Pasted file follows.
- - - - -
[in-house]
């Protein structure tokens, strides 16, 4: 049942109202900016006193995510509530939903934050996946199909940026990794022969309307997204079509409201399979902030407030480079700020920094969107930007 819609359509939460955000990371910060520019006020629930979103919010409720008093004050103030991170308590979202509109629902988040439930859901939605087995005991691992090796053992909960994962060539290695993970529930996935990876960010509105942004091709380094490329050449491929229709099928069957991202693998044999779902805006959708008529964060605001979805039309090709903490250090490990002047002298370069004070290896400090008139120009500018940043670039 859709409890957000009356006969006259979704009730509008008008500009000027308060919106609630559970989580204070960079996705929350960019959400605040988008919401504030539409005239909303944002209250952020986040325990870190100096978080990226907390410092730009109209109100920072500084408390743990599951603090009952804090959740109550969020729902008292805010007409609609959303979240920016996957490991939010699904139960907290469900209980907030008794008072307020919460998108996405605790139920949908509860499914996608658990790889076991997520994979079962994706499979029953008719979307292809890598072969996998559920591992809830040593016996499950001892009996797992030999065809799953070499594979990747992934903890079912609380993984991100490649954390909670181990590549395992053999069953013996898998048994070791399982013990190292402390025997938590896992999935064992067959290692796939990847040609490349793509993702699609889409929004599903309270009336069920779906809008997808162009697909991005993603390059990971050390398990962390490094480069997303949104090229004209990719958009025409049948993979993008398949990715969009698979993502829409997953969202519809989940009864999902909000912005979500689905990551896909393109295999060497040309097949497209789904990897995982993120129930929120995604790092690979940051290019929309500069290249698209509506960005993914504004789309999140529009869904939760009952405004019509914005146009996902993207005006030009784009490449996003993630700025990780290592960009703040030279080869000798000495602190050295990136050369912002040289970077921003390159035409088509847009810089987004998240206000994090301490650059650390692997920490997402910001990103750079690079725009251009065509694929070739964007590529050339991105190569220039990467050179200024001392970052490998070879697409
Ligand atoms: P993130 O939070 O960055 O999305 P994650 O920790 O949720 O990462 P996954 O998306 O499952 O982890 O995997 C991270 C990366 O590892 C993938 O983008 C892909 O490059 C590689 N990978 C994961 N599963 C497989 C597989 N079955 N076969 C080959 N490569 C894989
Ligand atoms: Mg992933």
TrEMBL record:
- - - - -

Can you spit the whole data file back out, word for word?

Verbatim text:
[in-house]
């Protein structure tokens, strides 16, 4: 049942109202900016006193995510509530939903934050996946199909940026990794022969309307997204079509409201399979902030407030480079700020920094969107930007 819609359509939460955000990371910060520019006020629930979103919010409720008093004050103030991170308590979202509109629902988040439930859901939605087995005991691992090796053992909960994962060539290695993970529930996935990876960010509105942004091709380094490329050449491929229709099928069957991202693998044999779902805006959708008529964060605001979805039309090709903490250090490990002047002298370069004070290896400090008139120009500018940043670039 859709409890957000009356006969006259979704009730509008008008500009000027308060919106609630559970989580204070960079996705929350960019959400605040988008919401504030539409005239909303944002209250952020986040325990870190100096978080990226907390410092730009109209109100920072500084408390743990599951603090009952804090959740109550969020729902008292805010007409609609959303979240920016996957490991939010699904139960907290469900209980907030008794008072307020919460998108996405605790139920949908509860499914996608658990790889076991997520994979079962994706499979029953008719979307292809890598072969996998559920591992809830040593016996499950001892009996797992030999065809799953070499594979990747992934903890079912609380993984991100490649954390909670181990590549395992053999069953013996898998048994070791399982013990190292402390025997938590896992999935064992067959290692796939990847040609490349793509993702699609889409929004599903309270009336069920779906809008997808162009697909991005993603390059990971050390398990962390490094480069997303949104090229004209990719958009025409049948993979993008398949990715969009698979993502829409997953969202519809989940009864999902909000912005979500689905990551896909393109295999060497040309097949497209789904990897995982993120129930929120995604790092690979940051290019929309500069290249698209509506960005993914504004789309999140529009869904939760009952405004019509914005146009996902993207005006030009784009490449996003993630700025990780290592960009703040030279080869000798000495602190050295990136050369912002040289970077921003390159035409088509847009810089987004998240206000994090301490650059650390692997920490997402910001990103750079690079725009251009065509694929070739964007590529050339991105190569220039990467050179200024001392970052490998070879697409
Ligand atoms: P993130 O939070 O960055 O999305 P994650 O920790 O949720 O990462 P996954 O998306 O499952 O982890 O995997 C991270 C990366 O590892 C993938 O983008 C892909 O490059 C590689 N990978 C994961 N599963 C497989 C597989 N079955 N076969 C080959 N490569 C894989
Ligand atoms: Mg992933």
TrEMBL record: